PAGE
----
At Sotheby’s auction house this July, a single medieval manuscript sold for £541,250, or about $879,000. At over $8,700 per page, the price strikes me as a bargain, if not a steal. Why? The reason has to do with the extraordinary history of the country my wife and I saw as we walked along Offa’s Dyke and looked to the west, across the River Wye and into the distant green hills. It also has to do with the number three.
Although it’s part of the United Kingdom, Wales has a long, proud history of legal independence. Even after the country was united with England under Henry VIII, the Welsh administered English law in their own court, the Court of Great Sessions, for almost three hundred years, until 1830. Today, guided by the evocative expression “Legal Wales,” the country is developing a range of autonomous legal institutions and practices as part of devolution.
The stakes of this process are high. If in time it leads to a fully independent Welsh nation, for which an independent system of law would be a prerequisite, the politics of Britain and Europe would be profoundly changed.
The distinctiveness of Welsh legal identity traces to a collection of about forty medieval manuscripts that are among the most important such documents in all of Britain. The texts record what are commonly known as Laws of Howell the Good, or Hywel Dda (the double-d here is pronounced as a voiced “th,” as in “the”), a tenth-century Welsh king who, tradition has it, collected and promulgated the law of his realm. They represent almost everything scholars know about the law of medieval Wales—indeed, they comprise about half of all the existing books in medieval Welsh, on any subject.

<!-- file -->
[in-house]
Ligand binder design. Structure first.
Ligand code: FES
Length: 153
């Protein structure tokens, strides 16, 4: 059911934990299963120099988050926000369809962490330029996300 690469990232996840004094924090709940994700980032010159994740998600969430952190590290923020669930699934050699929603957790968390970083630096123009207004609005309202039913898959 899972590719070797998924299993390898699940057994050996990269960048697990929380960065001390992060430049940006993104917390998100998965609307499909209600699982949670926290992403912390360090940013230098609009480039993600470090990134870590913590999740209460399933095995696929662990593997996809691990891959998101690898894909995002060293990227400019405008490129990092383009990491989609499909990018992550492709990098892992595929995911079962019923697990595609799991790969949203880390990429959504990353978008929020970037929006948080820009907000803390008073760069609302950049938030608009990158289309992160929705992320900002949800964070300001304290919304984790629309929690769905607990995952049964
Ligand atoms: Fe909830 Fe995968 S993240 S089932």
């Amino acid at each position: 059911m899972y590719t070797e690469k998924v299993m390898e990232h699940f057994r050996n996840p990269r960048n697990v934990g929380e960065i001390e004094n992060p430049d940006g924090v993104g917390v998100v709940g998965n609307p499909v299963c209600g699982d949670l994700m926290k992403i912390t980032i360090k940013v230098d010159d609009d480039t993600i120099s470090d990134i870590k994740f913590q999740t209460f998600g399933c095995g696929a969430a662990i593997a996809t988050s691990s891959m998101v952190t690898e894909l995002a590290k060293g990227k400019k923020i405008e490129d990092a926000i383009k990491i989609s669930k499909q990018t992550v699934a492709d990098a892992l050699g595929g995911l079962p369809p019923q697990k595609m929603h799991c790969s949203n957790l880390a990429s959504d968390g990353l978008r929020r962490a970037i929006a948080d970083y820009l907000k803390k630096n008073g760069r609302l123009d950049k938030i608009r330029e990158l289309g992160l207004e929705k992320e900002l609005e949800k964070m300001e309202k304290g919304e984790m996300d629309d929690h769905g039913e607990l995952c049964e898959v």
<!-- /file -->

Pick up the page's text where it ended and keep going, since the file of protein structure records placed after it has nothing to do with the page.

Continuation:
It was one of these priceless manuscripts that went on sale at Sotheby’s, put up for auction by a worthy holder in the United States, the Massachusetts Historical Society. Precisely how the book found its way to America is uncertain, but it likely was brought here in the seventeenth or eighteenth century by Welsh settlers, who played an important role in our early political history (sixteen of the fifty-six signers of the Declaration of Independence were of Welsh ancestry, nearly thirty percent). Whatever path it took, though, the “Boston Manuscript” has finally come home: it now is on display in the National Library of Wales, which will soon make it available in digital form on line.
The very earliest surviving manuscripts of the Laws of Hywel Dda date from the thirteenth century (the Boston Manuscript dates from 1350), so they offer a view of ancient Welsh law at one or two removes at best. Still, if one looks closely, one can see the shadow-lines of ancient Celtic legal tradition—and one of the clearest ways that tradition is apparent is in the manuscript’s repeated use of the number three.
The Welsh absolutely loved the number three—and long before the advent of Celtic Christianity: witness the ancient symbol of the triskele. This fondness is reflected in their poetry, their prose—and in Laws of Howell of the Good. Three recurs again and again in different guises throughout the text, which arranges law as a body of knowledge into three parts (the law of the court, the law of the country, and the law of legal practice) and structures basic legal concepts, such as land claims, by dividing them into three categories.
Most striking of all are the legal triads, which present the law of the Welsh people in clusters of three possible applications or fact patterns. Here are twelve (that is, getting into the spirit of things, 4×3), all taken from a meticulous recent scholarly study of the subject: